5000th comet for sun-observing SOHO spacecraft

5000th comet: An orangish background with a faint, lighter color blur circled, moving across the scene.
The circled object is the 5,000th sungrazing comet discovered by the sun-observing SOHO spacecraft. This 5000th comet is moving relative to background stars; that’s how we know the circled object is closer to us than the stars. SOHO’s LASCO instrument acquired the images to create this animation. The images are via NASA/ ESA/ SOHO. By the way, experts believe this comet is related to Comet 96P/Machholz, named for Don Machholz, a beloved member of the EarthSky team until his death in 2022. Don discovered a total of 12 comets that bear his name. We miss you, Don!
  • NASA’s sun-observing SOHO spacecraft has now made its 5,000th comet discovery. As of March 29, 2024, it has been 28 years, 3 months, and 27 days since SOHO launched in December, 1995!
  • These comets are sungrazers. Sungrazing comets are those that pass extremely close to the sun at their closest point (perihelion), sometimes within a few thousand kilometers of the sun’s surface. Some are vaporized, but some survive to pass near the sun again and again.
  • SOHO’s comets were found with the help of citizen scientists as part of the Sungrazer Project.

Vanessa Thomas originally wrote this story, which NASA published on March 27, 2024. Edits by EarthSky.

SOHO discovers its 5000th comet

On March 25, 2024, a citizen scientist in the Czech Republic spotted a comet in an image from the Solar and Heliospheric Observatory (SOHO) spacecraft. It’s now confirmed as the 5,000th comet discovered using SOHO data. SOHO has achieved this milestone over 28 years in space, even though it was never designed to be a comet hunter.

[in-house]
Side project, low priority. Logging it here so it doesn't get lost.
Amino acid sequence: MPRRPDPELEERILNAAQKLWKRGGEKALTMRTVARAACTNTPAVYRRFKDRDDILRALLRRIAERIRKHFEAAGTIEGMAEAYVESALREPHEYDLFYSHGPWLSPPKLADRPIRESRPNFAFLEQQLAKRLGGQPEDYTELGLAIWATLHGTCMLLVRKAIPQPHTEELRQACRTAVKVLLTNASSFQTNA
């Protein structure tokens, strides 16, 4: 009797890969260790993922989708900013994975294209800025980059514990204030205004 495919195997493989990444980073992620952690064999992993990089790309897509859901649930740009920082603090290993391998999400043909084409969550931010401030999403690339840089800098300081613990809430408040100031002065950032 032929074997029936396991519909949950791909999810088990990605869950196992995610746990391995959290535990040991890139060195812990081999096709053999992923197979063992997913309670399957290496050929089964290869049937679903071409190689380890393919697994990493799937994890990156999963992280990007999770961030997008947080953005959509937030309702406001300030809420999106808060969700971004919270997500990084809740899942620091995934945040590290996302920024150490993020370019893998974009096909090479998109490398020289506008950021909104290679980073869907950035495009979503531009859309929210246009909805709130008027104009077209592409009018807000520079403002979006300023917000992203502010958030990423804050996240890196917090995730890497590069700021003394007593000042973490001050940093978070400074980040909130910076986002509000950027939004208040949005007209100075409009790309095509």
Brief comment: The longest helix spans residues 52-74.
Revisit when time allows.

The newest comet is a small body of ice and rock that orbits the sun every few years. It belongs to the “Marsden group” of comets. Experts believe this group is related to Comet 96P/Machholz. That comet is named for Don Machholz, who was a beloved member of the EarthSky team until his passing in 2022. Don discovered 12 comets that bear his name. SOHO observes Comet 96P/Machholz every 5.3 years when it passes near the sun.

The Marsden group is named for the late scientist Brian Marsden, who first recognized the group using SOHO observations. Only about 75 of the 5,000 comets discovered with SOHO belong to the Marsden group.

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The most prolific comet-finder in history

A joint mission of ESA and NASA, SOHO launched in December 1995 to study the sun and the dynamics in its outer atmosphere, or the corona. A science instrument on SOHO – the Large Angle and Spectrometric Coronagraph (LASCO) – uses an artificial disk to block the blinding light of the sun. This masking allows scientists to study the corona and environment immediately around the sun.

It also allows SOHO to do something many other spacecraft cannot: see comets flying close to the sun, known as “sungrazing” comets or “sungrazers.” Many of these comets only brighten when they’re too close to the sun for other observatories to see. Therefore, they would otherwise go undetected, lost in the bright glare of our star.